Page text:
Micro hotels: small spaces for big experiences

If your holiday mantra has always been “go big or go home”, it’s time to start thinking a little differently… a little smaller, perhaps, as the global popularity of micro hotels is on the increase, and definitions of luxury evolve.

Micro hotels are about so much more than designing existing footprints to cram more people in to maximize headcount per square metre. They’re all about designing small spaces incredibly well, making sure to never take short cuts with the simple luxuries and basic essentials like a comfortable bed, private shower and loo, a big-screen TV view of the world, and likely a window with a view too.

This is in direct response to the changing priorities and habits of leisure travellers, who want to get the max out of their time in an exciting new city, and just want a place to sleep and bathe that’s got more to it – in just about every way – than a hostel.

Similarly, technology has changed the way that business travellers work when they’re away from home – they don’t need a desk or a phone any more, so why should their hotel room waste space by having these archaic items? Small spaces are also kinder to the environment, requiring less aircon, for a start – something increasingly important to global citizens.
What micro hotels pare down in the private spaces they offer in premium locations where real estate is damn near priceless it’s so expensive, they make up for in the public spaces they create – perfect for chillaxing at the end of a hard day’s sightseeing.

Many micro hotels include public spaces with destination restaurants, pop-up food offerings or live performances, cleverly tapping into all that’s important to the millennial mindset while keeping other target markets firmly intrigued.

As the founder of Pod Hotels in New York, Richard Born, says, “You’re sacrificing space, not quality. There’s a niche in the marketplace of people who want high quality and design but also want a boutique feel.” It’s this focus on style and clever design that’s making micro hotels popular – while they’re typically one-third of the size of regular hotel rooms, they only cost between 15 and 20 percent less, not least because their popularity has much to do with that property truism that it’s all about ‘location, location, location’.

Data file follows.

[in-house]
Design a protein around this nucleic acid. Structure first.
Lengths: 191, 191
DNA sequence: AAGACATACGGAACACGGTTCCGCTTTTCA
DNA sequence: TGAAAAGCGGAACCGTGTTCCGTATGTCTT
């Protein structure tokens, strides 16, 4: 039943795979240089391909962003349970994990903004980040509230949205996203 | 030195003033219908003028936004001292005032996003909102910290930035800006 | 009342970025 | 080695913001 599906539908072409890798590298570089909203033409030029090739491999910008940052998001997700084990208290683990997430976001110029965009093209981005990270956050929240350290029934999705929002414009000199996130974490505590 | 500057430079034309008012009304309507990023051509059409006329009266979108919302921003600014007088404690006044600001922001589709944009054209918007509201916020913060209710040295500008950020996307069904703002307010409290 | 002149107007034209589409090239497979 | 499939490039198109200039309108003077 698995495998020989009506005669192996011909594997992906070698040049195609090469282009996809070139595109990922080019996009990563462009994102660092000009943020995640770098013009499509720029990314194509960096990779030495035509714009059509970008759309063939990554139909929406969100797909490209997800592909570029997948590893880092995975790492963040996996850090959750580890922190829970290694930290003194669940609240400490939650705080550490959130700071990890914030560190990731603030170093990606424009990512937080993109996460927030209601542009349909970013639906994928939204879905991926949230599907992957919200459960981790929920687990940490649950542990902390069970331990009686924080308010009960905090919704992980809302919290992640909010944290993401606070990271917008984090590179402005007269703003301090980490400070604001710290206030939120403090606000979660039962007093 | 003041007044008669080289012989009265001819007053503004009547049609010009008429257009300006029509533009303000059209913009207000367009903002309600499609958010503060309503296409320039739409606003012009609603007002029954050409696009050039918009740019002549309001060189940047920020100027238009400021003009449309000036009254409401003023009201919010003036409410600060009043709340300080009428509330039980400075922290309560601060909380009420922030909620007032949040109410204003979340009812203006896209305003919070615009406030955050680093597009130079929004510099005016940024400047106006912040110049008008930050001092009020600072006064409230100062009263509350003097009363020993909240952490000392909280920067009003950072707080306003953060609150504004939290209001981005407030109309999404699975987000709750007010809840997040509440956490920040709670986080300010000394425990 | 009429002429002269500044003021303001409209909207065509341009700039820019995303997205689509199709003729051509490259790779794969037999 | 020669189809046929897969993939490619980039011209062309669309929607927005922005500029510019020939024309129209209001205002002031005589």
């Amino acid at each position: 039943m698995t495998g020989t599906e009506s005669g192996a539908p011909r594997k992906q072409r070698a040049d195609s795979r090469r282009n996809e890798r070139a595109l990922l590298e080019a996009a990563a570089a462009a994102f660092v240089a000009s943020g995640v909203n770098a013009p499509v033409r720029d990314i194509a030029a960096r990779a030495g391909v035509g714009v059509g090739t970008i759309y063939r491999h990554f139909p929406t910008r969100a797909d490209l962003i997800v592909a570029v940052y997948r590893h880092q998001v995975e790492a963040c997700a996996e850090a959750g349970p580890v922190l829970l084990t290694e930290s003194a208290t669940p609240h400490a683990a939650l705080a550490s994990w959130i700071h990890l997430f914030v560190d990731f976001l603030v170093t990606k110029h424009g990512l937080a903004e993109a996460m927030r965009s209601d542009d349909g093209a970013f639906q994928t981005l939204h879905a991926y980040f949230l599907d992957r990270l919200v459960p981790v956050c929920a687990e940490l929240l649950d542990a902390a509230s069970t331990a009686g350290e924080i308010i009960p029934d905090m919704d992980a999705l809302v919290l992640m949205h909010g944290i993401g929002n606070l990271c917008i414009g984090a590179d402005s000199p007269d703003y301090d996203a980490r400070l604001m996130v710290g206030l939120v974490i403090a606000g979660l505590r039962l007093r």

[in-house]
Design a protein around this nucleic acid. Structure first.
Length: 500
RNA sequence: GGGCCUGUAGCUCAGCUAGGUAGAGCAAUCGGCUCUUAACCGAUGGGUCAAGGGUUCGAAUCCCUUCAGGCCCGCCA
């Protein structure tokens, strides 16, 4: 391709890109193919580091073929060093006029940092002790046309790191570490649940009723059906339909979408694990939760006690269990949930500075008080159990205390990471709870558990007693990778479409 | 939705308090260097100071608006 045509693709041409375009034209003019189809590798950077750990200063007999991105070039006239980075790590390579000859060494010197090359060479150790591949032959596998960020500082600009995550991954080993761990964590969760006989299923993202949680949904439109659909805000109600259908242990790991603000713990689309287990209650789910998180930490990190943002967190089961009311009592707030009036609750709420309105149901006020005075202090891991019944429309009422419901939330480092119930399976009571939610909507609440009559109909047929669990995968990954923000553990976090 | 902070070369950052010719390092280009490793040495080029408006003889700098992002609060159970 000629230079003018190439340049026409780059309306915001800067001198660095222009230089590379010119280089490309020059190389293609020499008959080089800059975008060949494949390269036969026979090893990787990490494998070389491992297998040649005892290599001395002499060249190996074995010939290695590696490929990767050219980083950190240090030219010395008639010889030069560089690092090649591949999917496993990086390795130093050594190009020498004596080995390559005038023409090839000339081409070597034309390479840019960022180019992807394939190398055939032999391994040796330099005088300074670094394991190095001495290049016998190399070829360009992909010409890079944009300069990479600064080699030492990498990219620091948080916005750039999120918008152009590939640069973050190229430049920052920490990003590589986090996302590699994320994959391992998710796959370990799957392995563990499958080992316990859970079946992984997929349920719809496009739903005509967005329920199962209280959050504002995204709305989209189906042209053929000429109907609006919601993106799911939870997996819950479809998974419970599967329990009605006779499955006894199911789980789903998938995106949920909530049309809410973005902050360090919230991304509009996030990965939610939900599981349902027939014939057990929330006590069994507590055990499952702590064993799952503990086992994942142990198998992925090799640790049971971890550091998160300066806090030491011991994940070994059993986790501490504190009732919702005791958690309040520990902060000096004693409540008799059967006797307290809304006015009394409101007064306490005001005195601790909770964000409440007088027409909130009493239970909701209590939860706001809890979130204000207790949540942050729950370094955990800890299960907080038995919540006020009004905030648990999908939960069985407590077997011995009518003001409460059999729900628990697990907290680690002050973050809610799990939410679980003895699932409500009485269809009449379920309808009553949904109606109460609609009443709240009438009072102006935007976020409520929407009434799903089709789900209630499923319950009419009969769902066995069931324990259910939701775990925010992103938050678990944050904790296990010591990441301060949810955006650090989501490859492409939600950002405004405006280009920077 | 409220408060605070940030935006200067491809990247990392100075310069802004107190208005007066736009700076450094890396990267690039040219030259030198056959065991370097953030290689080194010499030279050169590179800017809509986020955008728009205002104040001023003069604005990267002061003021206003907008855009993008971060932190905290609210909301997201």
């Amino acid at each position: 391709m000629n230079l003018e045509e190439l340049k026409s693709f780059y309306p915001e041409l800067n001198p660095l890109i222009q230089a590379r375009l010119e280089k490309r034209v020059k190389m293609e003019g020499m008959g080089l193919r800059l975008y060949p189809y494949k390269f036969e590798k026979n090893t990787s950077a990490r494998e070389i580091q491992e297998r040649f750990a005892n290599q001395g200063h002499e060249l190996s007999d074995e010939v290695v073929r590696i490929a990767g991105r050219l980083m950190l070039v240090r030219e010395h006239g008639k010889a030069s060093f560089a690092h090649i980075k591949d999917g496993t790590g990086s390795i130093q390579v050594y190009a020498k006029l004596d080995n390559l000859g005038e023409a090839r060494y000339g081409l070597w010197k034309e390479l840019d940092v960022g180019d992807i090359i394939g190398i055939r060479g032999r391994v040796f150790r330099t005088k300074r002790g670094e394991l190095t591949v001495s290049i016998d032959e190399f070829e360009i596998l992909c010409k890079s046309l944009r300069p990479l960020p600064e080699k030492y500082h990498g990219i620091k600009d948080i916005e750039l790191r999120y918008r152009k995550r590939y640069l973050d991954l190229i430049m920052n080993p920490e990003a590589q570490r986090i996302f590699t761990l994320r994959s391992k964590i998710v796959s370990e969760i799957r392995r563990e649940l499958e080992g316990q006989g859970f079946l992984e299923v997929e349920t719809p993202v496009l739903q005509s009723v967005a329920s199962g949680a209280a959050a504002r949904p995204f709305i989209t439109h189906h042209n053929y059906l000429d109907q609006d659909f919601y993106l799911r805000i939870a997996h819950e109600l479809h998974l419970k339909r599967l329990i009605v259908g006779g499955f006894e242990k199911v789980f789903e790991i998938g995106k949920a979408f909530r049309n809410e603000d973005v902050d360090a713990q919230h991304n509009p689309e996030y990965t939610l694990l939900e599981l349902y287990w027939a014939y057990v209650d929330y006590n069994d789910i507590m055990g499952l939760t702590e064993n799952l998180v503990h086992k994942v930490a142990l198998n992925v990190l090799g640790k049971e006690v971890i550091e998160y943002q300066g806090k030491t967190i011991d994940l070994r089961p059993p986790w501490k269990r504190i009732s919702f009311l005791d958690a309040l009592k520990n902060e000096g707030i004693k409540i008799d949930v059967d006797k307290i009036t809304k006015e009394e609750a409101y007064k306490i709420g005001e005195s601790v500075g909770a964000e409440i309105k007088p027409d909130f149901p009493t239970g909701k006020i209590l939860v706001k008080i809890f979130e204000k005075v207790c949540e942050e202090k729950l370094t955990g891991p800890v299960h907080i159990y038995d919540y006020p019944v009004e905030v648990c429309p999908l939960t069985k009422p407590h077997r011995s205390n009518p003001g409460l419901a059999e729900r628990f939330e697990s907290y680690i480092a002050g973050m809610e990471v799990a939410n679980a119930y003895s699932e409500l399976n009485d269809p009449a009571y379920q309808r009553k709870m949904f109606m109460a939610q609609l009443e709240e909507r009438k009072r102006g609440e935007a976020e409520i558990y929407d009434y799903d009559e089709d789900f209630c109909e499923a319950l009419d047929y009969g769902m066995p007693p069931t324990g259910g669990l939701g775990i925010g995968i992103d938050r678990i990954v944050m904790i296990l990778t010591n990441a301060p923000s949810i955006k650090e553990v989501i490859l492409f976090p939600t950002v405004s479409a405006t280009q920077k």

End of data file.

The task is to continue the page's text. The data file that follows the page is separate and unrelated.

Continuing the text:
The trend-setting micro hotels are all in the world’s hottest – and most expensive – locations… think New York, Paris, and London, and of course the likely origin of the trend, Tokyo. If you’re intrigued and want to go micro next time you travel, look into these trendsetting locations, as perfect for a great night’s rest in cleverly stylish comfort as they are ideal as a home base in a new city where you’re ready to explore.

The Pod Hotels, New York
“At The Pod Hotels, and ounce of essentials is worth 10 pounds of fluff”… and it’s this ethos – along with offering budget options that mean guests can spend money on the city because they haven’t blown the budget on a place to stay that makes it appealing. There are three locations in the city that never sleeps.

Arlo Hotels, New York
Arlo Hotels, also in vacations New York locations, focuses on curating an ever-changing calendar of
events and experiences, often using the hotels’ rooftops as venues for added interest and excitement.

Freehand Hotels
Freehand Hotels, in New York, Los Angeles, Miami and Chicago, combine the social culture of a hostel with innovative design, award-winning food and beverage, and a community-driven atmosphere. Each Freehand is inspired by its surrounding neighbourhood, adding an extra level of authenticity.

Citizen M
With hotels in key locations across Europe, the US and Asia, Citizen M rooms may be small but they typically offer king-size extra length beds, luxurious linen, rain showers and wall to wall windows, along with organized events in each hotel’s exciting shared spaces.

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